Search F News...

Low-Res Lecture Recap: Yvonne Rainer’s Laughing Game

Yvonne Rainer’s visiting artist lecture combined the bleak with the hilarious to cap off the summer’s visiting lecture series.


Illustration by Brian Fabry Dorsam.

The Low-Residency Masters of Fine Arts Visiting Artist Lecture series concluded July 25 with legend Yvonne Rainer. Every lecture begins with an introduction by Director of the Low-Residency program, Gregg Bordowitz, who this time led with a reading of Rainer’s performance score, “Trio A.”

Yvonne Rainer is an artist who works in dance, writing, performance, and film. Her 1969 experimental dance film “Hand Movie,” drew attention to the postures of a hand as another form of  dancing body. Both a creator and a connoisseur of art, she opened her lecture with a reference to “Eight Short Science-Fiction Stories” by Paul Simms, published in the New Yorker in 2015.  

Simms’ story, known for featuring an attack from the “Flying Penis from Venus,” was the perfect introduction to Rainer’s lecture this year, which focused on humor. She questioned aloud to the audience why she found anything to do with the male reproductive organ hysterical, while some of her closest friends do not even crack a smile.

Rainer herself is not a break-out-in-hysterics-laugher type of person. However, her lecture was often punctuated with a crooked smile, a humorous side-eye, and discussion about how funny genitalia or comics in the New Yorker are.

Much of the audience laughed along with Rainer’s jokes, which consisted of funny anecdotes about times with friends or things she’s read. For the people who may not enjoy stand-up comedy, Rainer’s lecture might not have seemed so funny. Her soft and slow way of speaking felt contradictory to the subject matter. One may have felt self-conscious if they didn’t have much of a noticeable reaction in contrast to those whose laughter traveled from the front of the ballroom to the back.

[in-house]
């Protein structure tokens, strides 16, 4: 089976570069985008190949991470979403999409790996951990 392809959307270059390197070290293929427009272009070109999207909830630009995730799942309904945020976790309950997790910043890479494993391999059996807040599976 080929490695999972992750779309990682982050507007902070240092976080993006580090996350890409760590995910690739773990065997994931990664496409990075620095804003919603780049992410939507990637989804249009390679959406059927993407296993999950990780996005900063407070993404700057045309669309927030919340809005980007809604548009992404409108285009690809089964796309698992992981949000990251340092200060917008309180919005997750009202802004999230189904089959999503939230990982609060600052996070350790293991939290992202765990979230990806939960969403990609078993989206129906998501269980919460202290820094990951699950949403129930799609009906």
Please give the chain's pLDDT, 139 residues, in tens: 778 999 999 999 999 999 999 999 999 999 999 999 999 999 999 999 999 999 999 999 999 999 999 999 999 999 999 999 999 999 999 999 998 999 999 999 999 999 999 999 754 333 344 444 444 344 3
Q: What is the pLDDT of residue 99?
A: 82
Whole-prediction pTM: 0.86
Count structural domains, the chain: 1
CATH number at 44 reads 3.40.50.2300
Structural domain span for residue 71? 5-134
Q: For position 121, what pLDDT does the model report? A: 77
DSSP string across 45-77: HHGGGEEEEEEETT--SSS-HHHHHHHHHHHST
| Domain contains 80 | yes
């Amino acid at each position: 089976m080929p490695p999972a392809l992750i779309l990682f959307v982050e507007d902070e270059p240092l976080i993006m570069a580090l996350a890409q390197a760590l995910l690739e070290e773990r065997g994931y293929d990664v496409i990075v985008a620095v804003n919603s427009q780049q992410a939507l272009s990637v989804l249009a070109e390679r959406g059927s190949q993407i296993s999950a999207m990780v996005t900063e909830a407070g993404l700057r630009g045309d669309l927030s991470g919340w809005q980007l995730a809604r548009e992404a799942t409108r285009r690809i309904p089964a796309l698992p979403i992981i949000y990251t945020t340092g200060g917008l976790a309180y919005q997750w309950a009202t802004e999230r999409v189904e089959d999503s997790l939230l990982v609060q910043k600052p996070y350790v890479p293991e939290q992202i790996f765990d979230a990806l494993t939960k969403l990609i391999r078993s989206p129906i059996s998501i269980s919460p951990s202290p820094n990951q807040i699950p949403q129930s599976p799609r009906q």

In the middle of the lecture, Rainer showed video of her piece, “Assisted Living: Do You Have Any Money?” from 2013, which juxtaposes humor and economic struggle. In the piece, the dancers wear brightly-colored lounge and active wear and oscillate between reciting sobering text, performing choreography, and playing the laughing game — a “game” where performers lay their heads on each other’s stomachs and laugh.

The laughing is almost discomforting, as the reason for the laughter is not clear. This discomfort is heightened when, one by one, the dancers separate from the laughing game and recite text like, “My brother is full of shrapnel wounds and is dying before me.” While some of the text is taken from newspapers or other sources, some is original, written by the dancers themselves.

The choreography was composed of completely found material, taken from Laurel and Hardy routines. Laurel and Hardy is a comedy duo who reached their peak fame in the 1920s. Their physical material gave “Assisted Living: Do You Have Any Money?” a Vaudevillian quality.

In the video, one dancer asks, “What kind of vision might overcome apathy?” This seems to be the question that Rainer is trying to answer in the whole of her body of work; humor is her current solution.

While Rainer’s focus on humor in relation to turmoil was insightful, many moments in the lecture were quite dense and abstract, potentially leaving audience members confused. During the question-and-answer portion, Rainer’s responses were adjacent to the questions, but did not entirely address them. This disconnect may have been due equally to both Rainer’s and the audience’s specific interests and high-level intellect.
This summer’s visiting artists often had a political focus that was fitting to the interests of the School of the Art Institute of Chicago’s student body. In addition to giving lectures, the visiting artists also work with the Low-Residency MFA students during their visit. Each summer, the Low-Residency MFA lectures provide an opportunity — especially for students not in the Low-Residency program — to hear from, and possibly meet, some of the most influential artists alive today.

Leave a Reply

Your email address will not be published. Required fields are marked *

4 × 5 =